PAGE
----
In Arizona, NCLB mandated testing comes in the form of the Arizona Instrument to Measure Standards (AIMS). Arizona is dead last in the percentage number of graduating students among the fifty United States. The AIMS test was instituted to ensure that more of Arizona’s students were receiving appropriate instruction. The motivation behind AIMS is flawed on its face. How does testing ensure anything, but test results? Testing does not make students attend class, do their homework and aspire to be more than they are. A dedicated teacher with a challenging and relevant curriculum inspire students to be more tomorrow than they are today. The millions of dollars it takes to create and implement the AIMS test are being taken directly from classroom supplies and teacher salaries. Again, the Arizona Legislature had a choice to opt out of NCLB and has chosen not to exercise that right. The Goldwater Institute has noted that Arizona has repeatedly lowered the passing bar or made content easier every year since 1999, with failure rates falling from about 60 percent in 2002 to 2004 to 30 percent in 2006. This defeats one of the main features of a criterion based test, the use of a fixed, unmoving standard which can be compared across years. In short, the AIMS test has made a mockery of standardized testing and should have finally been put to rest once and for all. And with the present budget crisis, how do the Mensa members of the Legislatures justify the continued spending of Arizona’s dwindling education dollars on such a folly? The answer is an enigma wrapped in a mystery and buried in a black hole.
Arizona’s education system rivals that of any third world country. Witness the fact that one in five teachers will leave the teaching profession within the first five years and 35% cite such as low salaries, poor working conditions and now NCLB policies such meaningless testing and flawed practices such as inclusion (covered in part four of this series) as the primary reasons for their departure from the profession. It is easy to see why teachers are feeling so unhappy, and to discover why one has to look no further than the NCLB mandate which states that every teacher must be a “highly qualified teacher.” The term “highly qualified” sounds good until one read the fine print and discovers that the “highly qualified” process is nothing but a scam designed to fatten the coffers of the testing companies while separating already underpaid teachers from more of their money. For example, in Arizona, the Arizona Legislature mandated that every “highly qualified” teacher, even with those with 30 years experience, must now pass the Arizona Educator Proficiency Exam (AEPA) or risk being unemployed. Amazingly, the AEPA exams contain absolutely no published measures of testing reliability or validity. The AEPA exam is not even correlated to the State Standards from the Arizona Department of Education. The distinct lack of statistical rigor, related to the exam, reduces the test to a meaningless exercise and fully exposes its true purpose, profit. This is not educational quality control; it is unmitigated theft from the very people who actually serve our children. I would be remiss if I did not mention that the AEPA does generously provide a study guide that the teacher can use to study from in preparation for the test. The review guide for social studies contains a grand total of 12 questions in preparation for a four hour exam. For this wonderful service, each Arizona teacher is forced to pay out $134 in test registration and fees to AEPA. Not to be denied their share of NCLB’s extortion dollar, the State of Arizona requires that the scores be reported to their offices. Arizona “Educrats” from the Arizona Department of Education now requires that for each subject taught, teachers must pay an additional $60 to the state in order to list each individual subject on their individual teaching certificate. Therefore, if an Arizona teacher teaches three courses, they recently received an income reduction of $314 after they paid to take the AEPA test. And we wonder why we are seeing such a turnover in the teaching ranks. Are these the practices that the Arizona Legislature should aspire to? Does the Legislature really feel that these predatory practices and do they truly feel that this represents a good day of work on their part?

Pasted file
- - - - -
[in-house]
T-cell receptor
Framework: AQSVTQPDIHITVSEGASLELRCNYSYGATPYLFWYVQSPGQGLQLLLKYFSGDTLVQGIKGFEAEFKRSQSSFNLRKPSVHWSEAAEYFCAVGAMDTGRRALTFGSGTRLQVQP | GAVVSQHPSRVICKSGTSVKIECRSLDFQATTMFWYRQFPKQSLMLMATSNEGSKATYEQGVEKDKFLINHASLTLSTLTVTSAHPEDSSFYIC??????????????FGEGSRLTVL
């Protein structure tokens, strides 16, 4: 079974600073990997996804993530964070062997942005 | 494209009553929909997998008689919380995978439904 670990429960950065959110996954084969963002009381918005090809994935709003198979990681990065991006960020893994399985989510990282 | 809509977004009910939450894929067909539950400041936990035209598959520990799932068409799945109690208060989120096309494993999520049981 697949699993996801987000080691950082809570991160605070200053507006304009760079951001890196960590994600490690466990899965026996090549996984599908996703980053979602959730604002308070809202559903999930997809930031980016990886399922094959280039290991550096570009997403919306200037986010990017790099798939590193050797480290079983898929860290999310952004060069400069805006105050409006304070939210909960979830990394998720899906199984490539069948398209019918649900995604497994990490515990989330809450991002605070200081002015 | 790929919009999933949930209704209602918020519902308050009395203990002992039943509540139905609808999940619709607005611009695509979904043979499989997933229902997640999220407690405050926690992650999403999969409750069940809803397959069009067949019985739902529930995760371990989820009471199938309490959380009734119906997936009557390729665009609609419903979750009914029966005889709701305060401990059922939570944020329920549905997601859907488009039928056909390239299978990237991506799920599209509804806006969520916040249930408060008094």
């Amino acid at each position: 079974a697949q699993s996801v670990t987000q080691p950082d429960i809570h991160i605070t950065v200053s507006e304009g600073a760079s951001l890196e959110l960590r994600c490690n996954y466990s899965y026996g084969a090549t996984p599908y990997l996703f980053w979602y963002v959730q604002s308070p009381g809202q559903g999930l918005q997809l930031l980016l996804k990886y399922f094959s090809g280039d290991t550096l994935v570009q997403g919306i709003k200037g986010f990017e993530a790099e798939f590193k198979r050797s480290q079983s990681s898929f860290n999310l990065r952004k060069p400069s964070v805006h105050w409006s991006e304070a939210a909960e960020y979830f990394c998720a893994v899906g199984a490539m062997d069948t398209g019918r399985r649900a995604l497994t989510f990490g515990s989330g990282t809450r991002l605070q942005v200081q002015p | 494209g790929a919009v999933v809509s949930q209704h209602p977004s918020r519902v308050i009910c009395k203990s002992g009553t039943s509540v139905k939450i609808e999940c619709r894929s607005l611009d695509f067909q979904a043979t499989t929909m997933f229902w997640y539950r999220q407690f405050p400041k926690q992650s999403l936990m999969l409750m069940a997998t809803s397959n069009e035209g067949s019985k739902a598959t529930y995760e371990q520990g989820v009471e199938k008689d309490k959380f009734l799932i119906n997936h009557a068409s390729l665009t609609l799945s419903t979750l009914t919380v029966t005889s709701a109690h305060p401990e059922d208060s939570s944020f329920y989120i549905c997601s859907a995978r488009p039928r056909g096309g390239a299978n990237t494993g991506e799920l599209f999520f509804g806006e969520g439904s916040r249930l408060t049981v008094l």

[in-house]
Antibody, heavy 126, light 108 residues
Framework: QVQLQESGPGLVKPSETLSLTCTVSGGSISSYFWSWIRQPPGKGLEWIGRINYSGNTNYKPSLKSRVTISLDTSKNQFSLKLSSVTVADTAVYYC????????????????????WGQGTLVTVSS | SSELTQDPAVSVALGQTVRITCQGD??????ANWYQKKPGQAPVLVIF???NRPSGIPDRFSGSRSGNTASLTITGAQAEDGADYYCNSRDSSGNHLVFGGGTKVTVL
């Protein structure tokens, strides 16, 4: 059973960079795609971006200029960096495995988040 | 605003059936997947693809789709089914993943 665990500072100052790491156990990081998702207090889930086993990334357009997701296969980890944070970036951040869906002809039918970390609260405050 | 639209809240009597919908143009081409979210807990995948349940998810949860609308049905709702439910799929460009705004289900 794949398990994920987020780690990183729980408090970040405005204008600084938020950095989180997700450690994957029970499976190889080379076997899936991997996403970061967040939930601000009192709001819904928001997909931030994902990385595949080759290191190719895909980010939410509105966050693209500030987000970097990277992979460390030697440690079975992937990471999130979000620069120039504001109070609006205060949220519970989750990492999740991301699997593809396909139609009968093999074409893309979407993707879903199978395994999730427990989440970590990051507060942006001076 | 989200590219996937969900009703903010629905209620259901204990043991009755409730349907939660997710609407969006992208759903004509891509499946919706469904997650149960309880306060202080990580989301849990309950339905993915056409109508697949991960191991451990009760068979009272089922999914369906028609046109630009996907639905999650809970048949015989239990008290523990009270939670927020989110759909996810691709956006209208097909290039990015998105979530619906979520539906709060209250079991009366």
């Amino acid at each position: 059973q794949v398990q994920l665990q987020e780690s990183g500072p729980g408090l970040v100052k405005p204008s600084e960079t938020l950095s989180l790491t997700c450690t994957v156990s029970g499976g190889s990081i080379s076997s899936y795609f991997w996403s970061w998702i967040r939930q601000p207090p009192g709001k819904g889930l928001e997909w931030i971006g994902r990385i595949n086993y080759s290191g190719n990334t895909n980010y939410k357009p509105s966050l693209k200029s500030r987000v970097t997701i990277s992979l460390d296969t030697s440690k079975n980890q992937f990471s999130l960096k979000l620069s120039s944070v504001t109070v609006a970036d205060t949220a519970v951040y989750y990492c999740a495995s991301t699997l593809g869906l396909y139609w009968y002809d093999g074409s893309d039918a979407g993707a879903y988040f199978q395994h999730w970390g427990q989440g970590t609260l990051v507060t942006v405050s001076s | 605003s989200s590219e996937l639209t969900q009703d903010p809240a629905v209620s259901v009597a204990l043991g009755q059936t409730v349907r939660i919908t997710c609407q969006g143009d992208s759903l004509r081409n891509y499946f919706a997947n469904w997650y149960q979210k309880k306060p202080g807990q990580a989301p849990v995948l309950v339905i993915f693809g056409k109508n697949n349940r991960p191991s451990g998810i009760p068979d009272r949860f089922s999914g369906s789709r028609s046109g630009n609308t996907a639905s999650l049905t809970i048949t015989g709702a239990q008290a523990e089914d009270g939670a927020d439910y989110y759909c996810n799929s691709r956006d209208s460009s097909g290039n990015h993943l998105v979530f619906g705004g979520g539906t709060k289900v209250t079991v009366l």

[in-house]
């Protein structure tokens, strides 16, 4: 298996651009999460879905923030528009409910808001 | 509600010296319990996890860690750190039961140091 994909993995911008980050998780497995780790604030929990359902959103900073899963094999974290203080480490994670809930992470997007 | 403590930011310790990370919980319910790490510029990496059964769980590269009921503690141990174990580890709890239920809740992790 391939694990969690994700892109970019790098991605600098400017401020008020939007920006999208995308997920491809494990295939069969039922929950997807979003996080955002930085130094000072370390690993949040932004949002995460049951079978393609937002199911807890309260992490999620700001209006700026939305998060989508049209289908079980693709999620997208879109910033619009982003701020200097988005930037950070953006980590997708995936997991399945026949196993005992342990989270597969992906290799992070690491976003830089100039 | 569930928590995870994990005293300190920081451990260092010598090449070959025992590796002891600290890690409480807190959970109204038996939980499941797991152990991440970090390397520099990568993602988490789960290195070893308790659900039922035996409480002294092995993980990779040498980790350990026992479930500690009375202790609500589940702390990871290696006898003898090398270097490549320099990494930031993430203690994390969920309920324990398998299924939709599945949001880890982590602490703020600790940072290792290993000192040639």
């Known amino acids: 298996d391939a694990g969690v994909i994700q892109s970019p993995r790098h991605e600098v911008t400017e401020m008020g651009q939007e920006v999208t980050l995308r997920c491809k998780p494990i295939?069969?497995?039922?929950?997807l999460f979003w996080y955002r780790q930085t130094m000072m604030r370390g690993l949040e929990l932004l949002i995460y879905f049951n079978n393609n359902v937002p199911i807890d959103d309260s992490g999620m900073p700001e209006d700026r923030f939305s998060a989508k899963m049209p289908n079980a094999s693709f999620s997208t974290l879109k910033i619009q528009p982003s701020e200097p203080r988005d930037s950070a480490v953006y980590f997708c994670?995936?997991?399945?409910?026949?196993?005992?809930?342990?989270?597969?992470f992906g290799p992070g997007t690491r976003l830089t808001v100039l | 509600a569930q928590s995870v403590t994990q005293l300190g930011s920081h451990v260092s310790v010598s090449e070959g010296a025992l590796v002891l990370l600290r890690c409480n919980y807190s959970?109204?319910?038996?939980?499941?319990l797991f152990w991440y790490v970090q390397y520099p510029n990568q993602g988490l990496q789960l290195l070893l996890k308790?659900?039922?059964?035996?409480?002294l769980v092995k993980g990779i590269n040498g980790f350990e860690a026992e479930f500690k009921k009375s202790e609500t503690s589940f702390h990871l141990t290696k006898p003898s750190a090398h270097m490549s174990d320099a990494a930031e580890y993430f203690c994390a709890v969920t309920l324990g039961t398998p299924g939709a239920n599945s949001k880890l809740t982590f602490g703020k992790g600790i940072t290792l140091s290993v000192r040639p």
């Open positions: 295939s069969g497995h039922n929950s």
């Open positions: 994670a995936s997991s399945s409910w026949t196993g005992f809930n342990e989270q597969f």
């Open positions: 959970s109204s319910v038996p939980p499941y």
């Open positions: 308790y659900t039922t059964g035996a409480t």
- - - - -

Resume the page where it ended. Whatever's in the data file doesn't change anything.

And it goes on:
Remember, under the 10th Amendment, the Arizona Legislature could opt out of this madness and receive the double bonus of avoiding the unfunded mandates of NCLB. However, before one seeks to understand Arizona’s continued participation in this craziness, one must be cognizant of the fact that school children do not have lobbyists. Testing companies and other educational special interest, for profit groups, do have such legislative influence.
Since Arizona’s best and presumably brightest have failed to keep the fox from watching the hen house, where does the ultimate responsibility fall? And whre at will be the ultimate price if we fail to correct these insanities? Part four of this series will examine these questions.